Sunshine bathes the garden and the ground is slowly, slowly warming. In the edible patch the heart of broad beans has germinated at last (the flanking 2 `J’s not so successfully – yet) and the broccoli seedlings are growing.
On tall tree branches near the dam (no coincidence surely) male wood ducks are calling to entice the females, while at night tawny frogmouths have become, it seems, tame overnight. On our road, one allowed me to within a bare metre before glaring, muttering darkly to itself and slowly, in unwieldy mode, flapping off in disgust; we were hardly going to run it over without first trying to shoo it off the road.
Apart from the quiet – a few occasional chainsaws notwithstanding – (dare I say Serenity?) we moved here for the nature: forest and wild life. It’s intensely pleasurable when native birds and animals are thrust at you (other than garden-munching wallabies, which are, however, welcome in the bushland) overriding music, feeding hens or daydreaming, forced into the rather busy human consciousness.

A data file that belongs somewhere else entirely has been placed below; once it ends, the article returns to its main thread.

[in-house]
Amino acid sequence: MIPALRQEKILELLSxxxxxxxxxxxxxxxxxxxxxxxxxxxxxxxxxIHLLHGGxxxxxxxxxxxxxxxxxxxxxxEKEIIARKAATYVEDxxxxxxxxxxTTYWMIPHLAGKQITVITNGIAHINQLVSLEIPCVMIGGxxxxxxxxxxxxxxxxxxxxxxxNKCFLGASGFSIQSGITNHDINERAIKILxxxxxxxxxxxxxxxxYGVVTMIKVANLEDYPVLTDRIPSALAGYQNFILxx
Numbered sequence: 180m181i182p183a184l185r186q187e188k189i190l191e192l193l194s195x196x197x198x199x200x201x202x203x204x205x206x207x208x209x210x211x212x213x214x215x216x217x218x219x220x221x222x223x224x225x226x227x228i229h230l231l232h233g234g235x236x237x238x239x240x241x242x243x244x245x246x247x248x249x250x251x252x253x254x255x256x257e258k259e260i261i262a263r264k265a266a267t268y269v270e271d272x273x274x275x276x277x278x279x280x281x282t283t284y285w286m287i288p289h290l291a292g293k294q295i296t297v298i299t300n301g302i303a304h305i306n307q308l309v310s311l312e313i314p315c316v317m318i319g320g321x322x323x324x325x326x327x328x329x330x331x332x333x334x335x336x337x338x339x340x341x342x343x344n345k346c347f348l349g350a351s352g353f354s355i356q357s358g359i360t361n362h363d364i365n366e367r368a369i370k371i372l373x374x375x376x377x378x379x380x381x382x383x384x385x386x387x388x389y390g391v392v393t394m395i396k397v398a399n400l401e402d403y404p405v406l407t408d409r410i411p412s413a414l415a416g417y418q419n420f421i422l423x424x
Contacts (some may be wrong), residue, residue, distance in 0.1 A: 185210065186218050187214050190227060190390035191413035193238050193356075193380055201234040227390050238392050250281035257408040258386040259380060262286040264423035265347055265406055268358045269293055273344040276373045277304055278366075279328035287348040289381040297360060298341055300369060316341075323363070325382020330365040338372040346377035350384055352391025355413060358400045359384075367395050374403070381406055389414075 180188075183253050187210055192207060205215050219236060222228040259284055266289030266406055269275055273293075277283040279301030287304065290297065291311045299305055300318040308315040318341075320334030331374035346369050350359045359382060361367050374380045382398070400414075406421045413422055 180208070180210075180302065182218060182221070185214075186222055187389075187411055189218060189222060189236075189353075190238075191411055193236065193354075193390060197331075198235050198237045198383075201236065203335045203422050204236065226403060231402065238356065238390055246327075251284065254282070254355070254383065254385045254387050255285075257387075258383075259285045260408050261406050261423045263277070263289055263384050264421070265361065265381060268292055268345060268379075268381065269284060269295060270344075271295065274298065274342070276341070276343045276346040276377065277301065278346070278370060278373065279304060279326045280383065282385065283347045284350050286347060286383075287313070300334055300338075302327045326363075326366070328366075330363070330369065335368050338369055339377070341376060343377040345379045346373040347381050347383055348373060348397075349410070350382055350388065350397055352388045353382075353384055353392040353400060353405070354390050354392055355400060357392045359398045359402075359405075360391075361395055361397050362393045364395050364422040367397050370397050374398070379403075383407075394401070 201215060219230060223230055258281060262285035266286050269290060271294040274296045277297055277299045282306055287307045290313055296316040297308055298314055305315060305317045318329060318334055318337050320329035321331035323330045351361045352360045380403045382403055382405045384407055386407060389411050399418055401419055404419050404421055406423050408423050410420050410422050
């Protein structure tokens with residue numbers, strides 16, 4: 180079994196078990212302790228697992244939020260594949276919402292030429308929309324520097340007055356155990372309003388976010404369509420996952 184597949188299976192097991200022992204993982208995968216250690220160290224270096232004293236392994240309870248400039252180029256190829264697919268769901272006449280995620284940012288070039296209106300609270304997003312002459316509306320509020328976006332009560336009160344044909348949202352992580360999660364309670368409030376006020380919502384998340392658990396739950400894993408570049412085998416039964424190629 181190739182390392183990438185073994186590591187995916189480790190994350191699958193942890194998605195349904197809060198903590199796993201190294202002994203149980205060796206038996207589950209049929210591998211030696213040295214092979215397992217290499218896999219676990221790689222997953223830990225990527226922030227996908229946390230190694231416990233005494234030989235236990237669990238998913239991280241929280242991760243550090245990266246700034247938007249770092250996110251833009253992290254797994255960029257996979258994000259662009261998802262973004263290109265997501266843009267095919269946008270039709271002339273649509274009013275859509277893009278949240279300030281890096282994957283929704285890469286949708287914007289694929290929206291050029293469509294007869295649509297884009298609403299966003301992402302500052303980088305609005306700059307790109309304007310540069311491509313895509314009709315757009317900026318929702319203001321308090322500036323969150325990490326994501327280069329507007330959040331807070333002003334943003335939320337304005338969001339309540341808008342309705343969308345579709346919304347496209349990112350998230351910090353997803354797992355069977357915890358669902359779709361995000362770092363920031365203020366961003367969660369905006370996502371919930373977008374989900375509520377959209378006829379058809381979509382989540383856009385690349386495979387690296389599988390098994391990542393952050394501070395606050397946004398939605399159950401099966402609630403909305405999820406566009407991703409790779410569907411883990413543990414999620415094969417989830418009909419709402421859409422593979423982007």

Meanwhile the garden has a giant shot of gold with daffodils flowering in almost every sunny spot available and tiny ones appearing in old pots; one is from seed sown in August 2002, a gem flowering a decade on, but forgotten most of the year. I’m fortunate that some bulbs are so giving and forgiving.